Julius Anglickas proves that old adage about the next fight being the biggest fight is alive and well here in 2019.
The rising light heavyweight prospect’s last fight was for a title in LFA, a smaller and well-regarded mixed martial arts promotion known to catapult fighters into bigger worlds. Anglickas, from St. Louis by way of Long Island by way of Lithuania, won that championship in February and now is days away from fighting for a UFC contract on “Dana White’s Contender Series.”
“Big things could happen from that because if you’re champion, you either defend it or you go somewhere bigger,” Anglickas, 28, said of winning the LFA title. “I was hoping I won’t have to defend it. Hopefully I can go somewhere bigger, and that’s what happened. There’s an opportunity to do that. I feel this one is even bigger than that LFA belt, just because it’s almost guaranteed like I do well, all right the contract is yours.”
Anglickas (6-1) will face Karl Reed (3-1) of South Carolina, and if he wins the bout in a manner that impresses the UFC president, he can earn a contract to compete in the sport’s most recognized promotion. Through the first seven episodes and 34 bouts on this season’s “Contender Series,” 23 fighters were signed to the UFC.
Pressure? Sure. Nerves? Kinda. The toughest thing he’s had to deal with thus far in life? Not exactly.
Anglickas emigrated to America one month shy of turning 14. It was 2005, and his mother already was here, having left Lithuania five years earlier and settled in Southampton. Anglickas and his older brother, Gabe, were raised by their grandmother during that time. When they moved here to live with their mother and new stepfather, they spoke no English.
“We had the chance of hearing it, but we never had the chance of saying it,” Anglickas said. “I could understand what people said, but I would be like a deer in the headlights when I would have to say something back. Just, ‘Uh, uh, uh, I don’t know what to say,’ so I’d just start smiling.”
Anglickas began his American education as a freshman at Southampton High School. He remembered his friend trying to convince him to join him on the wrestling team. But, in Lithuania, basketball was the thing, fueled by the country’s Olympic success (bronze medals in 1992, 1996 and 2000).
“No, no, no, you no play basketball. You lift people up, slam them down. You wrestle,” Anglickas recalled his friend saying. “I’m like, ‘This is interesting.’”
Still, he tried out for the basketball team. He was cut after the first day. (His brother made the team.)
Teenagers of Anglickas’ size and strength don’t go unnoticed by coaches, though.
“The basketball coach said we got this really big kid, he can’t shoot, but why don’t you try and see if he can come wrestle,” former Southampton assistant wrestling coach Sean Zay said.
Anglickas never wrestled before. Never even saw it. Didn’t even understand what getting pinned was about and why it was a loss.
“Once he started, he was hooked,” Zay said. “He was just really, really strong, just a tough kid. He lived a bunch of miles away, would run to school early in the morning and rip open the weight room and go work out. He was just an animal.”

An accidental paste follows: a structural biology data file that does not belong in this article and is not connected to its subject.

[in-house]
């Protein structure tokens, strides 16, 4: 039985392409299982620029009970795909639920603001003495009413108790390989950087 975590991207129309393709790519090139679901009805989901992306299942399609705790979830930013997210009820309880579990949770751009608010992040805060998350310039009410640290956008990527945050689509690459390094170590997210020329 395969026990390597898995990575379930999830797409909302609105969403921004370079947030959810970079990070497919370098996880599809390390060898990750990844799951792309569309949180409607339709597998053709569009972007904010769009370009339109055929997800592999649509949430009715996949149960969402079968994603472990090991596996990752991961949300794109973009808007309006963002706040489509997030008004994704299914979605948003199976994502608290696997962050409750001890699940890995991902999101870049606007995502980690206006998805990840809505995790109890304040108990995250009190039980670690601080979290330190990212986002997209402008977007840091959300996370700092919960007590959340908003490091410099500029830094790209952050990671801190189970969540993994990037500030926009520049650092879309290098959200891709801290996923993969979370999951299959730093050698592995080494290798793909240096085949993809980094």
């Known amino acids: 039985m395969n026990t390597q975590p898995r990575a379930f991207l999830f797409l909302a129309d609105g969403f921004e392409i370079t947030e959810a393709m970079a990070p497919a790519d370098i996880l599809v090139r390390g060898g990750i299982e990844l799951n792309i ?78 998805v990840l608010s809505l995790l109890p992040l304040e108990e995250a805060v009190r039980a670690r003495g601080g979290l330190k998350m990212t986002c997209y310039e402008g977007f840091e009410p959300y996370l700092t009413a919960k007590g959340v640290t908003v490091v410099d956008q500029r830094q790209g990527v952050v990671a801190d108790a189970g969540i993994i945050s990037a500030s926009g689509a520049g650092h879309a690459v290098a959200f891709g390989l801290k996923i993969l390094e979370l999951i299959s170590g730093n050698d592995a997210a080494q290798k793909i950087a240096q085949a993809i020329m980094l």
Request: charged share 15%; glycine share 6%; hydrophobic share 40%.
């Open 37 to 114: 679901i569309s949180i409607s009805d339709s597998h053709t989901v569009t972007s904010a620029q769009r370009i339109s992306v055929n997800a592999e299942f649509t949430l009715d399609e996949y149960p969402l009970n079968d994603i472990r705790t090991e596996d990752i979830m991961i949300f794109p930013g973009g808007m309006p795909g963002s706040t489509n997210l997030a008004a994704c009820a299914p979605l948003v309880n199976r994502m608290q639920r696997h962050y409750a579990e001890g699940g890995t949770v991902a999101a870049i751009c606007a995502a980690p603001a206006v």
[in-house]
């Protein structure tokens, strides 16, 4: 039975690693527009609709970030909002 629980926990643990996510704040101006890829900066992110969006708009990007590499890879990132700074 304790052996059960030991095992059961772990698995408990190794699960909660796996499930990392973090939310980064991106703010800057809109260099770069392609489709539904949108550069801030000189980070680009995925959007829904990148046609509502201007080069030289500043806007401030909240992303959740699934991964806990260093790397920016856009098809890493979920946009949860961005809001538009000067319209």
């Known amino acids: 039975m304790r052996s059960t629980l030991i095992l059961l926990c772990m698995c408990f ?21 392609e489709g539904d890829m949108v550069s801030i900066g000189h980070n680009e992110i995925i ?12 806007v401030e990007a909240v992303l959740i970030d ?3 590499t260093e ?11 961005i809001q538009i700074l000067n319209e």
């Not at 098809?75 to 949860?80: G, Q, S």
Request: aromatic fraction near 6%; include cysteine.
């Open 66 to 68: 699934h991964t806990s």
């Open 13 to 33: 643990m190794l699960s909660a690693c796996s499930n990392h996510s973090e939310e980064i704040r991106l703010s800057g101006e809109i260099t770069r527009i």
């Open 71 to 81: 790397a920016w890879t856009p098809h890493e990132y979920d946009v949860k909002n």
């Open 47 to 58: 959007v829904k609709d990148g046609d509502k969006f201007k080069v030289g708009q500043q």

In a nice, good-kid way, Zay made clear.
“We went to a couple of tournaments where a girl gave him her phone number,” Zay said. “He’s like, ‘What do I do with this?’”
Anglickas, a 215-pounder, was a two-time place-winner in the New York state wrestling championships, finishing fifth in 2008 and fourth in 2009.
He wrestled at Brockport, then went to Missouri Baptist. Anglickas then earned a master’s degree in physical education from Lindenwood. Anglickas had studied karate while in Southampton and was aware of MMA, but it didn’t become a thing until after college. Before MMA, Anglickas won the Golden Gloves in St. Louis on just a few months of boxing training.
“We of course discouraged him at every opportunity we had,” his stepfather, Anthony Maglione, said.
They support him now, of course. They just haven’t seen him fight live, be it in person or on television.
“She’s nervous, I mean, I’m still her little kid,” Anglickas said of his mother. “She doesn’t want to see me get punched.”
Maglione said they watch the fight in the morning, “if he wins.”
He has won all but one fight so far. Tuesday’s bout brings the biggest stakes yet. It will be a unique fight. “Contender Series” bouts take place at the UFC Apex in Las Vegas. The crowd is minimal, the atmosphere subdued. Just the type of setting to heighten one’s pre-fight nerves.
“I love training, I love working out, I love competing. I do hate the last two weeks, especially right before the fight when it’s nerves kicking in and you just want to throw up,” Anglickas said. “But I feel that situation is needed just to check my own self how I am as a person.
“I feel it’s a must for me, as a man, to keep doing this. I need to learn how to fight. I need to see how I’m going to react to this. I need to know how I am under pressure in tough situations. The competition side is there, but also I feel it’s something I should do.”
Dana White's Contender Series fight card, Aug. 13.
Light Heavyweight: Herdem Alacabek vs. William Knight
Welterweight: Brok Weaver vs. Devin Smyth
Women's Bantamweight: Shanna Young vs. Sarah Alpar
Bantamweight: Tony Gravely vs. Ray Rodriguez
Light Heavyweight: Karl Reed vs. Julius Anglickas